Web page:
After making a splash on the red carpet at the Cannes Film Festival last week as he returned to movie star form with his upcoming Quentin Tarantino film "Once Upon a Time in… Hollywood," Brad Pitt has jetted off to Italy with a dear friend.
Brad looked great as he walked through Venice on May 28 with pal Thomas Houseago, a British artist (right), as well as another male pal and Thomas's partner, art therapist Muna El Fituri (in back).
The group were in town to visit the Biennale, an annual large-scale art exhibition. Brad, casually dressed in a brown T-shirt, black jeans, sneakers, a jacket and his trademark flat cap, is seen here heading to a water taxi during their tour of the city.
Two years ago in his first interview following his shocking split from second wife Angelina Jolie, Brad opened up about how Thomas helped him begin to heal from the painful divorce amid a custody battle over his six children.
Brad was interviewed by GQ Style at his compound in Los Angeles's Los Feliz area where he and Angelina had lived with their kids before their heartbreaking separation.
"This house was always chaotic and crazy, voices and bangs coming from everywhere, and then, as you see, there are days like this: very… very solemn," he said. Asked how his days were different following the bitter breakup, he revealed he'd turned to art to fill his time as he fought for his kids behind the scenes.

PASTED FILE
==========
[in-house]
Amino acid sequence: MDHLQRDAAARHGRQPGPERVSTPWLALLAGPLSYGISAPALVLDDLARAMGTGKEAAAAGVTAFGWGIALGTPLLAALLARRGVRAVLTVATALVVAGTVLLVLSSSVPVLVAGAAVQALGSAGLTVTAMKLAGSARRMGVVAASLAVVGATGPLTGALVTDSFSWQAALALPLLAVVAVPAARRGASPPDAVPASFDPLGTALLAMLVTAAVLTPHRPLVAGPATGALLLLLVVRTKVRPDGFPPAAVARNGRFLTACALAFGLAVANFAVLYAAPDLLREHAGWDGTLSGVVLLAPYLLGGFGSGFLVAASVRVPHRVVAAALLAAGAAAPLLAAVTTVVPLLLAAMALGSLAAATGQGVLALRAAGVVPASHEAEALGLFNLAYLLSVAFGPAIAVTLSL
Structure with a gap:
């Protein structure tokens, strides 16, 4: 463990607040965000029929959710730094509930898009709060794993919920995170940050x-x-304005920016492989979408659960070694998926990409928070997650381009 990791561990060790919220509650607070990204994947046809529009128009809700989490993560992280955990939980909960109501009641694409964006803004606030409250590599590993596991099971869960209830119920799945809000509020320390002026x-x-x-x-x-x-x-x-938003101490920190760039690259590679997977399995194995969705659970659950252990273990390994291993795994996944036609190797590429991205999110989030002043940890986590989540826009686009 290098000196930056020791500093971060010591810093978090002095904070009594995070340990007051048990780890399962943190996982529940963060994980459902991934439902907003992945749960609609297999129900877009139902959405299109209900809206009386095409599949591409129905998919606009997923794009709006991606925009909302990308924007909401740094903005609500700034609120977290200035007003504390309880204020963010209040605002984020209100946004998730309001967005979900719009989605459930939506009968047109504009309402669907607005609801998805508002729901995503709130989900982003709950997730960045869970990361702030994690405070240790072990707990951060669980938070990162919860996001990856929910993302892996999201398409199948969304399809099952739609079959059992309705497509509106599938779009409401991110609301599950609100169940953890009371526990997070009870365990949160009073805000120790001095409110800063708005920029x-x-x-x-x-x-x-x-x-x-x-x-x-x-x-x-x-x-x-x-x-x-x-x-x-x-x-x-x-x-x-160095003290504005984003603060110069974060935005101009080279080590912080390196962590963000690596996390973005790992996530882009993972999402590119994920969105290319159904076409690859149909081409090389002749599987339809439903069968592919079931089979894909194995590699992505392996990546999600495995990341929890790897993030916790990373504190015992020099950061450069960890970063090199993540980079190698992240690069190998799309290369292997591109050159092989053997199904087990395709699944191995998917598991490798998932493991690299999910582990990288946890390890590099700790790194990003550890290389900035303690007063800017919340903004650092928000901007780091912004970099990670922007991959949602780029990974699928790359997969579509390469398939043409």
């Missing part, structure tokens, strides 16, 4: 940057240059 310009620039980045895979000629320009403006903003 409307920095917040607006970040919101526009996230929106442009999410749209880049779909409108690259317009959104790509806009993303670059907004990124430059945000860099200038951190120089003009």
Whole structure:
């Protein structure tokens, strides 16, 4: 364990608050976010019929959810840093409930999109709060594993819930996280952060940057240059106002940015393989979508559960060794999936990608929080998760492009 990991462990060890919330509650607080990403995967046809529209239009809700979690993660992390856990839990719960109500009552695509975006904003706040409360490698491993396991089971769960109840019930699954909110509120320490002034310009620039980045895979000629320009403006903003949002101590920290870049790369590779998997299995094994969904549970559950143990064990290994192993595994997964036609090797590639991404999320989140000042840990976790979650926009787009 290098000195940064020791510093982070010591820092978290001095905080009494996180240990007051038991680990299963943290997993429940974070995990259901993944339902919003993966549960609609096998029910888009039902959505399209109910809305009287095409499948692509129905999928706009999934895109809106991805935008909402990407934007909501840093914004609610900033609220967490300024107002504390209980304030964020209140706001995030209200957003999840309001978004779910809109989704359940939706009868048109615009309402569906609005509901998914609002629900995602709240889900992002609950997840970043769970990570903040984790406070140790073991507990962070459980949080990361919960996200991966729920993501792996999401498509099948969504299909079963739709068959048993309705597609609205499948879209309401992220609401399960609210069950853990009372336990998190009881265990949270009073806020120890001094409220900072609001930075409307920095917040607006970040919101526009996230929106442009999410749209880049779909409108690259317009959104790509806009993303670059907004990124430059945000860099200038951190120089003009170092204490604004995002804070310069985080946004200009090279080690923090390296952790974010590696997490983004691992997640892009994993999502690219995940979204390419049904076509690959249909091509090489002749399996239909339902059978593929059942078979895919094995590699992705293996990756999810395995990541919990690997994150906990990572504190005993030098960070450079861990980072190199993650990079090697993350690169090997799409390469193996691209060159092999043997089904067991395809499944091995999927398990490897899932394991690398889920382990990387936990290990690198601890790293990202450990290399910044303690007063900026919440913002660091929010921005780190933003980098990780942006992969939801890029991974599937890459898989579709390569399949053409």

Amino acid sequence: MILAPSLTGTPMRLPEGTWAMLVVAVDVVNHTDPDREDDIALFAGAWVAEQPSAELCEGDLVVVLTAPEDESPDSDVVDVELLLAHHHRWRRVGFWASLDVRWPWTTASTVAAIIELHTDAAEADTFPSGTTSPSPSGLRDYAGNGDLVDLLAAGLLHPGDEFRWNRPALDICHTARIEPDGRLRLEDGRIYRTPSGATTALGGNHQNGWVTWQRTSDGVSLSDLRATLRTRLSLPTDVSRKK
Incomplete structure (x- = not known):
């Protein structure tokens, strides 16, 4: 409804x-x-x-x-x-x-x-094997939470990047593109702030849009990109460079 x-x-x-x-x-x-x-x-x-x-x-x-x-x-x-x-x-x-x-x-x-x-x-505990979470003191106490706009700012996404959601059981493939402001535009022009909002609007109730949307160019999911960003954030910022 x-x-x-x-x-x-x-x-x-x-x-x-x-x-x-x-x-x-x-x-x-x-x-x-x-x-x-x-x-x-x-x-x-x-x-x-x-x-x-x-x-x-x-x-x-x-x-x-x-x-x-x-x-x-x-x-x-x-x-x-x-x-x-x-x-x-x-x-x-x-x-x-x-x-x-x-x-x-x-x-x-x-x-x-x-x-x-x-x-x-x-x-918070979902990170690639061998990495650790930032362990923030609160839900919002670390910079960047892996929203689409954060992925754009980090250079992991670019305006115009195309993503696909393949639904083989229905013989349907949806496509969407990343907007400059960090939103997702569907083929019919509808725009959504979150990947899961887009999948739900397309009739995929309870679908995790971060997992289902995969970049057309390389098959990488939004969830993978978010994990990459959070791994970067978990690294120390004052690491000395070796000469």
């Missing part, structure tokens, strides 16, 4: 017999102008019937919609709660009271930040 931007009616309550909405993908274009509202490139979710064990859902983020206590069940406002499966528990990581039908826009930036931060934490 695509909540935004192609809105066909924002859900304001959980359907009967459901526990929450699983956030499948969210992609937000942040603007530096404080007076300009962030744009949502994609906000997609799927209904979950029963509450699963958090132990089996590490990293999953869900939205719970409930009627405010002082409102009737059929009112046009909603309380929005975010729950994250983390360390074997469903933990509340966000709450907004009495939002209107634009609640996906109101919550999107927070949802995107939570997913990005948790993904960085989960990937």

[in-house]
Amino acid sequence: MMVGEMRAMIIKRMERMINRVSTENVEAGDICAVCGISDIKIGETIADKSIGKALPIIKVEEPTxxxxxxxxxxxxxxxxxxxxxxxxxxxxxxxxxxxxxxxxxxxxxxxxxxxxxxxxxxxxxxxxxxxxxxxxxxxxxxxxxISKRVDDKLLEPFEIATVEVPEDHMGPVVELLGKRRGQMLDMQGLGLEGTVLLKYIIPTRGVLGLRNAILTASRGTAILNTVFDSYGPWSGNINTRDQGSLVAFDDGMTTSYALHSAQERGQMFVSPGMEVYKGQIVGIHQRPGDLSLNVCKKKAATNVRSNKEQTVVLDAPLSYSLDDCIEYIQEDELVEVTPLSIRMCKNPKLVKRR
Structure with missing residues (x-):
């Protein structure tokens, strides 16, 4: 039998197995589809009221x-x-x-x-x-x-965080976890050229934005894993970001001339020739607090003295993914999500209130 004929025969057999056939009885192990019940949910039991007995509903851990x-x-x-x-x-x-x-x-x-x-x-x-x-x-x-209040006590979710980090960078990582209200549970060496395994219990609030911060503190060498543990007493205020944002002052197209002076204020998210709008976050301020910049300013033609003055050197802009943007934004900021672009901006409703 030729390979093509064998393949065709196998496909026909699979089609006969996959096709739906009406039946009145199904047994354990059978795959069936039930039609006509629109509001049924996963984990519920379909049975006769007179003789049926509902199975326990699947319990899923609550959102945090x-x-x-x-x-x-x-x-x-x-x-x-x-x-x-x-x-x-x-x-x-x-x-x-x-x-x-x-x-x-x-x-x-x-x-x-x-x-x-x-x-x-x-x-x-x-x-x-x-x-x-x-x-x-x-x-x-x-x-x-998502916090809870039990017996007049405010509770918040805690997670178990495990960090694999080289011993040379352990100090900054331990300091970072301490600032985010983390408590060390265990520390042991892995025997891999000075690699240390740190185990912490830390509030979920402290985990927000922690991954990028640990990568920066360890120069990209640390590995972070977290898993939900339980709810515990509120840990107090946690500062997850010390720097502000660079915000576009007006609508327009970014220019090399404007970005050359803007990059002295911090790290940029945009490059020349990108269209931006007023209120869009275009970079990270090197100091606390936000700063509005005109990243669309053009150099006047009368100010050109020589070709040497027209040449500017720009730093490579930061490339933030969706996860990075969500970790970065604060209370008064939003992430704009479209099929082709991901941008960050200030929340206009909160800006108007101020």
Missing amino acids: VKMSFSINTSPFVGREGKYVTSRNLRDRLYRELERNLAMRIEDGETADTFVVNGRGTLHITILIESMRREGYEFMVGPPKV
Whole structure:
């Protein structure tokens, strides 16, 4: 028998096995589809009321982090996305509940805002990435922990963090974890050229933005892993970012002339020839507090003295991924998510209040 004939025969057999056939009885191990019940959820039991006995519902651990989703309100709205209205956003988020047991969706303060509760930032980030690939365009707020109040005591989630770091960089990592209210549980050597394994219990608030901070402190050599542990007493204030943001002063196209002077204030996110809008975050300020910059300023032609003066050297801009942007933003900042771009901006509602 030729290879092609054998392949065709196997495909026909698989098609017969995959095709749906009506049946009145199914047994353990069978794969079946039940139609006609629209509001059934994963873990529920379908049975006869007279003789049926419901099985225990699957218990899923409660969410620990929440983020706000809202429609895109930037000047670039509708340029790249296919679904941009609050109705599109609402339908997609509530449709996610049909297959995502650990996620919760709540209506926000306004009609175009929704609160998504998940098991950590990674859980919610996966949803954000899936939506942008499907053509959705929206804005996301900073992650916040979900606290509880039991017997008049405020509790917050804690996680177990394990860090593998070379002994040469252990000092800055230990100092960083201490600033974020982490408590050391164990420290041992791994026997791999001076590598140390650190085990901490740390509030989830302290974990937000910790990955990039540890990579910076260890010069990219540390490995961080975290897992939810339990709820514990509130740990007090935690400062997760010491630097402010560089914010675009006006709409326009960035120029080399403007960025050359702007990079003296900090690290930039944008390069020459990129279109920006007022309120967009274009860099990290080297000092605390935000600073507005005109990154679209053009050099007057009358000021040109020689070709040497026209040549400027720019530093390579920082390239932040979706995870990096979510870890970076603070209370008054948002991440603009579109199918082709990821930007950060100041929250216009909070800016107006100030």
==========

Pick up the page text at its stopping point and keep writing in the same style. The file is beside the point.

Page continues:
"If I'm not creating something, doing something, putting it out there, then I'll just be creating scenarios of fiery demise in my mind. You know, a horrible end," Brad told GQ Style. "And so I've been going to a friend's sculpting studio, spending a lot of time over there. My friend [Thomas] is a serious sculptor. They've been kind. I've literally been squatting in there for a month now. I'm taking a s— on their sanctity."
He revealed he'd been "making stuff," as he put it. "It's something I've wanted to do for 10 years.
"I'm making everything," he added. "I'm working with clay, plaster, rebar, wood. Just trying to learn the materials. You know, I surprise myself. But it's a very, very lonely occupation. There's a lot of manual labor, which is good for me right now. A lot of lugging clay around, chopping and moving and cleaning up after yourself.
"But I surprise myself. Yesterday I wasn't settled. I had a lotta chaotic thoughts — trying to make sense of where we are at this time — and the thing I was doing wasn't controlled and balanced and perfect," he added. "It came out chaotic."